It’s been almost a decade that the United States, Israel and their European allies have been pressuring Iran to give up its nuclear program. Economic sanctions, threats of military strike, assassinations and cyber attacks were all the options which they have resorted to in order to ruin Iran’s nuclear program. At the same time, Israel, which admittedly possesses up to 200 atomic warheads, has been unconditionally supported by the United States and Europe and every effort to investigate Israel’s nuclear arsenal by international organizations has been stalled by Washington.
Simultaneously, the ever-increasing animosity between Iran and Israel has embittered the Iran-West relations more than before.
To further investigate the prospect of controversy over Iran’s nuclear program, the future of Iran-West relations and the possibility of an Israeli or U.S. military strike, I conducted an interview with American journalist and political analyst, Noah Gimbel.
Noah Gimbel is a freelance journalist based in Washington, DC, currently working for the Real News Network. He primarily focuses on geopolitics, particularly relating to the U.S.’s role in the Middle East. His work has been published in Foreign Policy in Focus, CounterPunch, the Epoch Times, Yes Magazine among several other online and print media outlets. Currently, Noah is in Madrid, Spain, covering the financial crisis and the popular movements that have mobilized in response to government austerity.
What follows is the complete text of my in-depth interview with Noah Gimbel.
Kourosh Ziabari: Dear Noah; Iranian officials say that the new IAEA chief Yukyia Amano was the United States’ choice for the position so that she might further her objectives in isolating Iran through IAEA resolutions and pressuring Iran into giving up its nuclear program. Amano’s November 2011 report was completely in line with Washington’s large-scale policies vis-à-vis Iran and paved the way for a new round of sanctions by the EU and Washington against Iran’s Central Bank and oil sector. Do you agree that former IAEA chief Mohammed ElBaradei had assumed a more independent stance on Iran’s nuclear file and that Amano is taking orders from Washington on Iran?
Noah Gimbel: To say that Amano is “taking orders” from Washington on Iran would be speculation. What can be said, however, making reference to leaked diplomatic cables published by WikiLeaks, is that the U.S. gave its full support to Amano’s candidacy after he had made it clear that he shared Washington’s views on the Iranian nuclear program. ElBaradei, both during and after his tenure at the IAEA, made clear his opinion that the U.S. has long pursued an agenda of seeing to the termination of Iran’s nuclear program, and that it attempted to use the IAEA to achieve that goal. ElBaradei repeatedly refused to admit pieces of evidence submitted by the U.S. and Israel to the IAEA into the reports he oversaw because he didn’t have faith in their authenticity, and Amano has apparently chosen to admit some of those same pieces. In that sense ElBaradei—a frequent target of U.S. criticism—was more independent than Amano, who as far as I have seen has not once been criticized by the U.S. administration.
KZ: So far, no reliable evidence has been put forward, confirming that Iran has deviated toward military dimensions in its nuclear program. Whatever has been said with regards to the possibility of Iran developing nuclear weapons was based on conjectures and hypothetical assumptions, not hard evidence. Having that said, what’s the reason behind the West’s enormous pressure on Iran over its nuclear program? Is it only a pretext for confronting Iran or do you see more serious reasons for the hostility?
NG: As you point out in one of your subsequent questions, the Iranian regime has been perceived as inimical to the U.S.’s interests in the region since the revolution of 1979 in which Washington’s staunch ally—the Shah—was overthrown, and a number of U.S. embassy personnel were held hostage in the months leading up to the election of Ronald Reagan. Iran’s nuclear program has its roots in the Shah’s regime, with the blessing and support of the U.S. and Israel, but once the country came under the control of the Islamic Revolution, a nuclear-armed Iran has been turned by U.S. rhetoric into an existential threat to world peace. Of course, no sane person in Washington or Tel Aviv thinks that Iran would launch a nuclear strike even if it did develop one nuclear weapon as Israel and the U.S. possess thousands of them, poised to cause unspeakable damage to Iran and the planet as a whole.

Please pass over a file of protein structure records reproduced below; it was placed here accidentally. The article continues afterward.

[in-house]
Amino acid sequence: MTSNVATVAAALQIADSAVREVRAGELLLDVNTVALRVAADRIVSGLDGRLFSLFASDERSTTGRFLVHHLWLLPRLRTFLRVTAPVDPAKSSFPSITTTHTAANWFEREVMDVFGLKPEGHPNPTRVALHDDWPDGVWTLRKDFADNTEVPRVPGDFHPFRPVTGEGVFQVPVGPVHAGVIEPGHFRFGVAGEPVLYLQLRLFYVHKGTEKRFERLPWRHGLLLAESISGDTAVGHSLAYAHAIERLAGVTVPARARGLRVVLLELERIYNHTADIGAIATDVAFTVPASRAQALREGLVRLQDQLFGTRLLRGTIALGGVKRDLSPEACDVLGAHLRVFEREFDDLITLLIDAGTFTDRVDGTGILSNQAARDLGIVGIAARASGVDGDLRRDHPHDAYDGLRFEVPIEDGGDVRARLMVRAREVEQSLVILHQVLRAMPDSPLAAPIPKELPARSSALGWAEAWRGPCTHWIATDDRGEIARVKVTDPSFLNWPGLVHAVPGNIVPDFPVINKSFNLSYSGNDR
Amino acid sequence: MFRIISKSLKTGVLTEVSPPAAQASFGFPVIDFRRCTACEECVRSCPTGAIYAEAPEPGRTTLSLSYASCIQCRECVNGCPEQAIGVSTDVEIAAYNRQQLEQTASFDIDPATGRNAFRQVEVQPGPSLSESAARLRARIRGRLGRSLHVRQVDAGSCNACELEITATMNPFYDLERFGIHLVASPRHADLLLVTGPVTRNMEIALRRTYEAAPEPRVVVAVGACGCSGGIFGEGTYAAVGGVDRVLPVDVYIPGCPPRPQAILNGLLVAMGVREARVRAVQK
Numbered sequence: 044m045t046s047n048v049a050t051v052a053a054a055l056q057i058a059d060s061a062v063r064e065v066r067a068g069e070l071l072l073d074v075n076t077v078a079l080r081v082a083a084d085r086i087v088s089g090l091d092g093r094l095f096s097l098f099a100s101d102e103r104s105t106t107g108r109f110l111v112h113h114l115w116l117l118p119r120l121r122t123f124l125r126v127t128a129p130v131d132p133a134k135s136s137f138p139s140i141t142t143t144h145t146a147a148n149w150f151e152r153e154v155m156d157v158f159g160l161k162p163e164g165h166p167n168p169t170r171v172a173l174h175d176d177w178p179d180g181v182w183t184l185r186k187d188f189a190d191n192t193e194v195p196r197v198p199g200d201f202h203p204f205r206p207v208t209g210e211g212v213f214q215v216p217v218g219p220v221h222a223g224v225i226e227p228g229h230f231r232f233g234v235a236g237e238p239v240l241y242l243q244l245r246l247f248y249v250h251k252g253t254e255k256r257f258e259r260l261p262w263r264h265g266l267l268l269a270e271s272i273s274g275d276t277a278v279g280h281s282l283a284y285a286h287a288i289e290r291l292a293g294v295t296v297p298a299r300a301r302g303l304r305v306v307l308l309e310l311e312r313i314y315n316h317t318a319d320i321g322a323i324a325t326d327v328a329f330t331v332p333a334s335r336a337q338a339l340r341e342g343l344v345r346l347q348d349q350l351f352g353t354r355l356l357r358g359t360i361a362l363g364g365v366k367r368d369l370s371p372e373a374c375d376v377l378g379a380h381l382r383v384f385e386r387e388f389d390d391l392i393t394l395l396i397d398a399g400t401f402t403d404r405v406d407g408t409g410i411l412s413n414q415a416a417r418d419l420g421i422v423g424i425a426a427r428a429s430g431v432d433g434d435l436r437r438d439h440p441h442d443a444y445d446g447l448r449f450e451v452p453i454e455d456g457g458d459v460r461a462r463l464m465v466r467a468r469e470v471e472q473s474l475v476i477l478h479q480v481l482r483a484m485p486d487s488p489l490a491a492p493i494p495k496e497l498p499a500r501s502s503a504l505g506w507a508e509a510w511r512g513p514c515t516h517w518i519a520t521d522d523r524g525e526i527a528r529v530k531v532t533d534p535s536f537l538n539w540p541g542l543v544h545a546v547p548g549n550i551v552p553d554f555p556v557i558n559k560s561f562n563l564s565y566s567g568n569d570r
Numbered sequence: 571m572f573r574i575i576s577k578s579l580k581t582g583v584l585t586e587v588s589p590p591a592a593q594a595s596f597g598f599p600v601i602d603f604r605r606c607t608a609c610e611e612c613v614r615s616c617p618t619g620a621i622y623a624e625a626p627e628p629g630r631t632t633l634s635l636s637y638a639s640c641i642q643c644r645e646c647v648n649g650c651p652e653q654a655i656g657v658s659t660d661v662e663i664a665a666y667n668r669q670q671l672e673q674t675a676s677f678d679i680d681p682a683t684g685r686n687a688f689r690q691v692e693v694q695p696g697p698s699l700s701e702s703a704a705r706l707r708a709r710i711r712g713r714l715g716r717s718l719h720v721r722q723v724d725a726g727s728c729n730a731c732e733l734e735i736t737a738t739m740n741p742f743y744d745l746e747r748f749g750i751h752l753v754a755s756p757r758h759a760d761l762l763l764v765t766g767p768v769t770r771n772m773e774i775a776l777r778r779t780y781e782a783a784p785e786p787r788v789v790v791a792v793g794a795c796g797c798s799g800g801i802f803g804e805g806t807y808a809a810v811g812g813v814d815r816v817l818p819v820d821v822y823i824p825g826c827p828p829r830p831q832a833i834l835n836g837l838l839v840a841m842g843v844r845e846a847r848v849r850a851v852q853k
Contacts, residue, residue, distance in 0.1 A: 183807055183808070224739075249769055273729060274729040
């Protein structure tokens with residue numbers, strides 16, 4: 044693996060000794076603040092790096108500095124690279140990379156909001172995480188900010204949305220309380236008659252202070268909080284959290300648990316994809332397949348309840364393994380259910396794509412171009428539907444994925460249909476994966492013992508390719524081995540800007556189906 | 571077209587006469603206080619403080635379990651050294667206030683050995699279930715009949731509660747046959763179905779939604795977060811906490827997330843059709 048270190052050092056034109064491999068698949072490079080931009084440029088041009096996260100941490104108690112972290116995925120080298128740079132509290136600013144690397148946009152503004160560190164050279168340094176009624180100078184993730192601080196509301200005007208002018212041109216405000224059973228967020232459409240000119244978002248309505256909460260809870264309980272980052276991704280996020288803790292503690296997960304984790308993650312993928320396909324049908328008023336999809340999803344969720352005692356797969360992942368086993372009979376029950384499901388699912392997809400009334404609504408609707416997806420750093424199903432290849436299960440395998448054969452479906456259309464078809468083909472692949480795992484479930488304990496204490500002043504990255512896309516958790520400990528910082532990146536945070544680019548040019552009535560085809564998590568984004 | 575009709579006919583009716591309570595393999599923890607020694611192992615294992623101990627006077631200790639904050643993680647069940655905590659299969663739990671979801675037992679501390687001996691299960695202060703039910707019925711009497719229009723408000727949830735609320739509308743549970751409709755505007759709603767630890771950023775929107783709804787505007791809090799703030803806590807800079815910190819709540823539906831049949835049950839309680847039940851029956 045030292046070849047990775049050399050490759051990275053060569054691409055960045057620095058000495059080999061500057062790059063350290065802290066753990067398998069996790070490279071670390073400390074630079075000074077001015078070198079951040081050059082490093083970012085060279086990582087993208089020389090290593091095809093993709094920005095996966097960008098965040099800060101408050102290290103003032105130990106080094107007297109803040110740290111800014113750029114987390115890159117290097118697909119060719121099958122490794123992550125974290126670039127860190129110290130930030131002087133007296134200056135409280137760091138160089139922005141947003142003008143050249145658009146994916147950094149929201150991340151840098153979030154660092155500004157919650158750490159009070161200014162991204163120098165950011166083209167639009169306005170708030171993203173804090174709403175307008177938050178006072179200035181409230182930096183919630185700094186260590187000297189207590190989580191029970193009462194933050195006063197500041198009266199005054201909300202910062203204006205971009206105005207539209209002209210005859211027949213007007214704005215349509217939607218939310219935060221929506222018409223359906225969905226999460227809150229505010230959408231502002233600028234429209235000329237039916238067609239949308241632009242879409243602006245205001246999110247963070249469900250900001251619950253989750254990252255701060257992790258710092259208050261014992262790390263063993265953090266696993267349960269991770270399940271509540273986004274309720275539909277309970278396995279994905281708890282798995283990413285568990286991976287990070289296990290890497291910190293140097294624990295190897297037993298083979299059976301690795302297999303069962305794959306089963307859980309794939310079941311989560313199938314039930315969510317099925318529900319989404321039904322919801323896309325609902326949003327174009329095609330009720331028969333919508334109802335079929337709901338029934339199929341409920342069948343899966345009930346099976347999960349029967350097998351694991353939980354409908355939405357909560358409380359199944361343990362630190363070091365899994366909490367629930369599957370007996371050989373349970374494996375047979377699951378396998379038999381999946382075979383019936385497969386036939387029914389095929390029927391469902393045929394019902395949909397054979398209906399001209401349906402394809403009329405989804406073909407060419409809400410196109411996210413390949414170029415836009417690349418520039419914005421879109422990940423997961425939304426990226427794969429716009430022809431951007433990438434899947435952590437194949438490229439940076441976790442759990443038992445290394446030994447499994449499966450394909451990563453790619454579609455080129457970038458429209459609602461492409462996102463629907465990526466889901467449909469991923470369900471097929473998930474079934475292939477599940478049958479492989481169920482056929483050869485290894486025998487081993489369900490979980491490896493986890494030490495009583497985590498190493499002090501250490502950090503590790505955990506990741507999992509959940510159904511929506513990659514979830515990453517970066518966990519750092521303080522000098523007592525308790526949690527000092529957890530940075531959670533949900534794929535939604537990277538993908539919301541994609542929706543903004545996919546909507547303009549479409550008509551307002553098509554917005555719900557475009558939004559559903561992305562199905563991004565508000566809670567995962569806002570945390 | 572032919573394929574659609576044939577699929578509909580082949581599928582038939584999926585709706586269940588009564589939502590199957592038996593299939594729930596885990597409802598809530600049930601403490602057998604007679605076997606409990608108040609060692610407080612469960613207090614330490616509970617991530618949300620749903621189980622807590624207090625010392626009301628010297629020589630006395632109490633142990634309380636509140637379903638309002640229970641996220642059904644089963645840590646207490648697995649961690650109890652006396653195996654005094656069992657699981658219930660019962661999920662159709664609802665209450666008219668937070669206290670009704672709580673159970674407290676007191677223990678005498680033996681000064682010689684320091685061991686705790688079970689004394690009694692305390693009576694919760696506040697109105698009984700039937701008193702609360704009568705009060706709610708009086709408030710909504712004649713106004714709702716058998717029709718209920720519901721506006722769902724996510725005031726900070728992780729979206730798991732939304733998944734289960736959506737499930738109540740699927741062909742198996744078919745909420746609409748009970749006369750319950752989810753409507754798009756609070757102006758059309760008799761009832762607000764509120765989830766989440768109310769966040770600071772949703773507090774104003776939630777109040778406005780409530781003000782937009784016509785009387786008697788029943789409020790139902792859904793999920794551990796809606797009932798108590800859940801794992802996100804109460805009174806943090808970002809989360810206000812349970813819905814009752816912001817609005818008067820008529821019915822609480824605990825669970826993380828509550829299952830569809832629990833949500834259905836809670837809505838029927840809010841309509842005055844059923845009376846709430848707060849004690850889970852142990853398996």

The West’s pressure on Iran over its nuclear program is a tool to mobilize public opinion against Iran as escalating sanctions punish the Iranian people. As sanctions scarcely achieve their stated goal of pushing populations into revolt against the targeted regime, in the longer term the public outrage against Iran generated by the inflation of the “threat” its nuclear program poses could potentially be used to bring one or more countries into military conflict against Iran.
KZ: Iranians regularly complain of the double standards exercised by the United States and its allies on the development of nuclear technology. They say that while Israel possesses up to 200 nuclear warheads, Iran is targeted by sanctions and threats of military strike simply because it wants to enrich uranium to be used in its research reactors. What’s your take on that? Is it a matter of alliance with the United States that Iran is not allowed to develop nuclear technology?
NG: Not only does Israel have nuclear weapons outside the scope of the NPT, but India has also developed and weaponized its nuclear program with the full support of the United States. The double standard and the hypocrisy of the U.S. and Israel on the issue of the Iranian nuclear program could not be any clearer. But I would go further than to call it a matter of alliance with the United States: What Iran potentially poses is a challenge to the hegemony of the United States. Indeed, Israel does not have a formal treaty of alliance with the U.S., but the national interests of the two states tend almost unanimously to overlap. On the other hand, Iran has resisted U.S. dominance in the region, and is thus literally surrounded by U.S. military bases. The U.S. affected regime change in Iran once with the overthrow of Dr. Mossadegh in 1953 for the sole reason of avoiding nationalization of the Anglo-Iranian Oil Company. Back then they said Iran had gone communist; today they say Iran supports terrorism and seeks nuclear weapons. It’s a matter of narrative convenience to isolate and intimidate Iran into changing course either voluntarily or by force.
KZ: Israel and the United States have repeatedly threatened Iran against the possibility of a military strike, should the sanctions and diplomatic efforts fail to convince Tehran to relinquish its nuclear activities. Are these threats realistic and plausible? Should we await a new war in the Middle East?